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We all do it. We do it quite often. Some of us too often, to the chagrin of the mods who have to clean up after us. Many people out there have autocomments but I try not to. I find them impersonal and cookie-cutter and I like to interact with other users in my own voice.

For the purposes of this question it is safe to assume we are talking about comments that are being used for their intended purpose. So what are some of the best ways to convey what you need to in six hundred characters in the most effective way possible.

The main reasons I use comments:

  • Explaining a close vote. This is the biggest one. They are especially important on those bubble questions that just need fixed slightly in order to be on-topic. My biggest goal here is to explain nicely why they need to fix their question.
  • Explaining downvotes This is one of the harder ones. I think it's my personality but it's hard not to be snarky. My personal self-control aside, the biggest hurdle here is doing it without triggering an argument.
  • Requesting more information/clarification Usually straightforward. What is X?, Why do Y?, How did you get Z? But open to hearing thoughts on the subject.
  • Suggesting an Improvement This one can be tricky. You need to convince someone to agree with your suggestion in under six hundred characters.

How can I go about improving the little messages I leave scattered across this network while being nice and getting other users to be receptive to what I am saying?

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Be concise, factual, polite, clear and sincere all at once

I don't believe there is a single correct way to write a comment on this site. The help centre advice on comments tells us how and when to comment but not what to comment.

Welcoming a new user

I think informing new users of our standards is an important part of the Stack Exchange model. This is one of the main reasons I use comments. The typical structure I use for these comments is below.

Welcome to {site}.se! Take the [tour] and visit the [help] when you get a chance. {Relevant message about their post} Thanks for participating and happy {site specific activity}!

In the message I like to compliment what they have done well in the post and provide polite advice for things they can improve. Sometimes I will edit their post and explain why I did. The goal is to make our new users feel welcome and grow our communities.

Explaining a close vote

When you vote to close you can choose from a number of predefined reasons. If you choose 'other' you are given a prompt to comment with:

I am voting to close this as {category} because {reason}

If the reason you are voting to close can be easily explained using this format then it is a good idea to do so. The important part of these comments is to make it clear what the OP needs to do to reverse your vote. "I'm happy to reopen this once you clarify X" sort of thing. Be clear and polite in your feedback and try to encourage the OP to fix the post rather than abandon it.

When closing a question as a duplicate remind them that duplicates are a good thing, as they help users find the original question.

Explaining downvotes

Much the same as explaining close votes, be clear about what your issue with the post is. If possible try to provide a suggestion for how it can be improved.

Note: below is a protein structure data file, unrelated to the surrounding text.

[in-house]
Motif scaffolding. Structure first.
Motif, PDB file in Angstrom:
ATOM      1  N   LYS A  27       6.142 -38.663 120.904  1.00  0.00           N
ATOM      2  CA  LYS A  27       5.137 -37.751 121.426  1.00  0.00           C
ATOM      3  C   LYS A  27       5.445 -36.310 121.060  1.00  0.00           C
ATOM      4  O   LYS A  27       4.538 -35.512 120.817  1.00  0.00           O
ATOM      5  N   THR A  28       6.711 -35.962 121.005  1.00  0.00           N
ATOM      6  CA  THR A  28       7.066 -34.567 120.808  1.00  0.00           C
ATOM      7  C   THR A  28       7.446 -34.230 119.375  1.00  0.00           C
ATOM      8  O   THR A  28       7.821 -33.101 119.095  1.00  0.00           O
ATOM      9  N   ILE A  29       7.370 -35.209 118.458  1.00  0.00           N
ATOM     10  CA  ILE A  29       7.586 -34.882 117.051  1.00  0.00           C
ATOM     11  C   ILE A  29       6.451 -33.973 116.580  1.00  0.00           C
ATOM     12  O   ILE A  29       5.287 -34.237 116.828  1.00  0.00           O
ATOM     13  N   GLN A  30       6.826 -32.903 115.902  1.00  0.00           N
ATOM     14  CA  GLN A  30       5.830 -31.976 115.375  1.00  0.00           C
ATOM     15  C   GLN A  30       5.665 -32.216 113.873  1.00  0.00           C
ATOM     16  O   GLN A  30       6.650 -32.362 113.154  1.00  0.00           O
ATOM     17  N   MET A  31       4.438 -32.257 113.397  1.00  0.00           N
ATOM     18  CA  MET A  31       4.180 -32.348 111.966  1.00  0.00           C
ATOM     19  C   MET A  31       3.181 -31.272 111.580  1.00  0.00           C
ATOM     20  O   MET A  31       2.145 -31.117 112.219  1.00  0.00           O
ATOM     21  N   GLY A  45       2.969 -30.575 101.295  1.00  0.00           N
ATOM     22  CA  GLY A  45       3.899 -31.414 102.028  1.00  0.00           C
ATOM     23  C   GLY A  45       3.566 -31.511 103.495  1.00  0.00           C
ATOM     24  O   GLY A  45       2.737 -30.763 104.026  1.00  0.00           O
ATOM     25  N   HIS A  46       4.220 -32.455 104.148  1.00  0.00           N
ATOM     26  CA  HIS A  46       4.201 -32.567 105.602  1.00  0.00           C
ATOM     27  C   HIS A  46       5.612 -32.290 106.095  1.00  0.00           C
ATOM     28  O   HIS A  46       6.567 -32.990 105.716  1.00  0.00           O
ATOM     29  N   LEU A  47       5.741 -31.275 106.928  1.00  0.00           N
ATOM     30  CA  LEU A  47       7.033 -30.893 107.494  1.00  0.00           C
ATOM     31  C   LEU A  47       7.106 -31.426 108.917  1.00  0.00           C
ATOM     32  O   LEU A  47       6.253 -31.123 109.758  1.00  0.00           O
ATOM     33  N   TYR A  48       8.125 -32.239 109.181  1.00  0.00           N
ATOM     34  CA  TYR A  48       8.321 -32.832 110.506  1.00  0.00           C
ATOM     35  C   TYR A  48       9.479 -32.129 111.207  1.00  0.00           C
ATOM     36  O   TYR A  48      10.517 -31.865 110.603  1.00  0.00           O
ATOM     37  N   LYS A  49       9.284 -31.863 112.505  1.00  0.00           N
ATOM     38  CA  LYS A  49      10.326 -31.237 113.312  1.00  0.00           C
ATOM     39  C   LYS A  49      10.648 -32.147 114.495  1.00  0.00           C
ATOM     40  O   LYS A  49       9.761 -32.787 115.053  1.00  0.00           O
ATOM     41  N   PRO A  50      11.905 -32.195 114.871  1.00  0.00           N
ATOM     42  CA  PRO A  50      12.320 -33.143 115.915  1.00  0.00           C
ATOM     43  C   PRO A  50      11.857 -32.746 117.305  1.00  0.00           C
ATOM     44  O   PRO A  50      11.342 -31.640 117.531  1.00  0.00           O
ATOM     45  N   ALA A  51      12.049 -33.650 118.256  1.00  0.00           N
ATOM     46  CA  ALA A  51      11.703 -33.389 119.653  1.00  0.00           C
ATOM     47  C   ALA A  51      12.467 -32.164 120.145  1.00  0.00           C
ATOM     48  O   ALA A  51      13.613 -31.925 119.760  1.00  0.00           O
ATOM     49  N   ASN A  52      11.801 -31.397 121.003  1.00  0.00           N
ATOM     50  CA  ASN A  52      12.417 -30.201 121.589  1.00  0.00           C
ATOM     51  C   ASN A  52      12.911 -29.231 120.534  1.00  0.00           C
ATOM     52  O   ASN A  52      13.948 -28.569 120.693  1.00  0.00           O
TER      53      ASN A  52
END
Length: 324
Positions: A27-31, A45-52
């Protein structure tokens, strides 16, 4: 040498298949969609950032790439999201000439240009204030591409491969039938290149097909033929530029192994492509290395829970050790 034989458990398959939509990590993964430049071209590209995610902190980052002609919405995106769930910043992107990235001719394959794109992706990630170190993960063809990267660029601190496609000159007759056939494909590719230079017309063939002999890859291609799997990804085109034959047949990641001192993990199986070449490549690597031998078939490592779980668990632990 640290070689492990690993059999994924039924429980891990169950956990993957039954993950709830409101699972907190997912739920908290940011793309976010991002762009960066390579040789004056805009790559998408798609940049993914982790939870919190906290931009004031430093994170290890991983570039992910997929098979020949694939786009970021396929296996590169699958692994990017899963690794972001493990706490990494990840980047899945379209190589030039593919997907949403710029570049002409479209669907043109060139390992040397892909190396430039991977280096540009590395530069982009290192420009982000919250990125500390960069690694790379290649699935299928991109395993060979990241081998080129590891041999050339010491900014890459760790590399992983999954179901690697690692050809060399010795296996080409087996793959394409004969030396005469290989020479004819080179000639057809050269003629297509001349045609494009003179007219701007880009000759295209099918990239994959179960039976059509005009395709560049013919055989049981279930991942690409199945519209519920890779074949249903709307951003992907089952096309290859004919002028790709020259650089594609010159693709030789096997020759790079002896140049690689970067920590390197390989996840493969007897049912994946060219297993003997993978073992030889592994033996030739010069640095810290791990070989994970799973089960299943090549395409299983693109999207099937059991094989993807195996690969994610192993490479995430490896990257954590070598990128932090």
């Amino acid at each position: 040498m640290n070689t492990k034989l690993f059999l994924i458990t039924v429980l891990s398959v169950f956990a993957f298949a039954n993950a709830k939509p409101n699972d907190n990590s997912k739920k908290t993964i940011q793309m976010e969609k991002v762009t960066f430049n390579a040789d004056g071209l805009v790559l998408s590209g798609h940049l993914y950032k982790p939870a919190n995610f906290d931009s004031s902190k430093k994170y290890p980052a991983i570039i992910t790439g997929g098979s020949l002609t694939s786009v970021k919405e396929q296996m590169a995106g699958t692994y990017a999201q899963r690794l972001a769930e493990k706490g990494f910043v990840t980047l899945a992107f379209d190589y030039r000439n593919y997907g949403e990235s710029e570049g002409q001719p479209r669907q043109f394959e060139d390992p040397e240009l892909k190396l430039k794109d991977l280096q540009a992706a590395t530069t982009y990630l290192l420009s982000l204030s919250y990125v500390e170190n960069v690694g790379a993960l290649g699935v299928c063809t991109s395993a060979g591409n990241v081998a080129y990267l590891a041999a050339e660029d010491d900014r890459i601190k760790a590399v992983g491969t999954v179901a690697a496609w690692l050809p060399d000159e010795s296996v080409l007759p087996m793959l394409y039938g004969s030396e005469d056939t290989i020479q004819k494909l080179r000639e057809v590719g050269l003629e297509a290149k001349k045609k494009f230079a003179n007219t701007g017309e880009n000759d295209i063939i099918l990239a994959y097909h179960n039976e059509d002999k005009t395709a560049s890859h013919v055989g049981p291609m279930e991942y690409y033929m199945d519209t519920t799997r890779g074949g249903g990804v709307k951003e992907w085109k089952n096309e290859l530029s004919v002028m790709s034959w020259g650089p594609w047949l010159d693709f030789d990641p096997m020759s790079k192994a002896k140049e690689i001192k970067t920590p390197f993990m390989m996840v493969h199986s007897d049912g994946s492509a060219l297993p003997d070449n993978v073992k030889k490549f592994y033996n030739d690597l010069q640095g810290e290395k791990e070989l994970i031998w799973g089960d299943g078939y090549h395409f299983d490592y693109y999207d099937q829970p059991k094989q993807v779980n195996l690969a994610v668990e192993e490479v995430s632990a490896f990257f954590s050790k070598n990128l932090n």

Requesting more information/clarification

A clearly worded well written question is plenty for this type of comment. Try to ensure the OP will understand what you are asking, never assume they have all the information you do. They are coming to Stack Exchange to ask the experts for help after all. Also providing a reason to why the information is useful can help. Many posters don't understand why they need to provide that particular piece of context.

Suggesting an improvement

The key to this type of comment is to take the tone of "this is good, but it can be great", rather than "this is bad, take my advice to be less rubbish". An example of this kind of comment is below.

This is a pretty good answer, however I don't quite understand the second paragraph. Perhaps you could add an example of how this would work?

General Tips

These tips apply to all comments on stack exchange sites.

  • Avoid sarcasm. This one is important, it rarely comes across well in text. What you thought was hilarious someone else saw as offensive. Just avoid the issue entirely by not using it.
  • Be nice. This is site policy and failure to do so will definitely get your comment removed.
  • Be constructive. Only use comments to comment on the content of the post and how it can be improved. If you simply dislike it or disagree use your downvote accordingly. Sometimes you can add a well structured criticism of their post if you believe that less qualified people may not understand the issues with it. How to write these is beyond the scope of this answer though.
  • Use links to support your points. Adding links to related questions, articles, meta posts and help centre pages can give your comment more weight.
  • Write more in less comments. Use the least amount of comments where possible. A chain of 3-4 comments on a post is likely to get removed. Whereas 1-2 useful comments will get upvoted and remain. If you need to discuss something with the OP invite them to chat.
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    And yet now I'm tempted to add a series of short, mean, sarcastic, unsupported comments in response to this! – April --Un-Slander Monica-- Feb 28 at 13:49

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